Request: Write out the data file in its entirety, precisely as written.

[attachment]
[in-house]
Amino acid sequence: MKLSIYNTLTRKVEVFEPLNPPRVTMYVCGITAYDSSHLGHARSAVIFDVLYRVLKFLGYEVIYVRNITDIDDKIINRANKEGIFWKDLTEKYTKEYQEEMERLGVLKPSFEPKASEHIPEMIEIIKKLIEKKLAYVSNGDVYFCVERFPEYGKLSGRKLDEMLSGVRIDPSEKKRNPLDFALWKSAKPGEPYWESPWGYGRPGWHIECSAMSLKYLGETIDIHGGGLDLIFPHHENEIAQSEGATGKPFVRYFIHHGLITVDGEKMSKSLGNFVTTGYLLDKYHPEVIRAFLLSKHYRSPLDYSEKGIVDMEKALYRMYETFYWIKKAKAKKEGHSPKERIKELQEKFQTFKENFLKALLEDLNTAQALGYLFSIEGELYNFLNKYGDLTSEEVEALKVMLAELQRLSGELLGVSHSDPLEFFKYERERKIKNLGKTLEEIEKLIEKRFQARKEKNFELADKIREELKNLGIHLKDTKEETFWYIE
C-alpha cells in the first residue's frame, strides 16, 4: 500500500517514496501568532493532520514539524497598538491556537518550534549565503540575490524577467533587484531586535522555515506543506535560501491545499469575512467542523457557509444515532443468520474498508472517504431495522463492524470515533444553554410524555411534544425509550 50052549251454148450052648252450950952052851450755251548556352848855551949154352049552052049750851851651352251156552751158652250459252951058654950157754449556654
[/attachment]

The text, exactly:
[in-house]
Amino acid sequence: MKLSIYNTLTRKVEVFEPLNPPRVTMYVCGITAYDSSHLGHARSAVIFDVLYRVLKFLGYEVIYVRNITDIDDKIINRANKEGIFWKDLTEKYTKEYQEEMERLGVLKPSFEPKASEHIPEMIEIIKKLIEKKLAYVSNGDVYFCVERFPEYGKLSGRKLDEMLSGVRIDPSEKKRNPLDFALWKSAKPGEPYWESPWGYGRPGWHIECSAMSLKYLGETIDIHGGGLDLIFPHHENEIAQSEGATGKPFVRYFIHHGLITVDGEKMSKSLGNFVTTGYLLDKYHPEVIRAFLLSKHYRSPLDYSEKGIVDMEKALYRMYETFYWIKKAKAKKEGHSPKERIKELQEKFQTFKENFLKALLEDLNTAQALGYLFSIEGELYNFLNKYGDLTSEEVEALKVMLAELQRLSGELLGVSHSDPLEFFKYERERKIKNLGKTLEEIEKLIEKRFQARKEKNFELADKIREELKNLGIHLKDTKEETFWYIE
C-alpha cells in the first residue's frame, strides 16, 4: 500500500517514496501568532493532520514539524497598538491556537518550534549565503540575490524577467533587484531586535522555515506543506535560501491545499469575512467542523457557509444515532443468520474498508472517504431495522463492524470515533444553554410524555411534544425509550 50052549251454148450052648252450950952052851450755251548556352848855551949154352049552052049750851851651352251156552751158652250459252951058654950157754449556654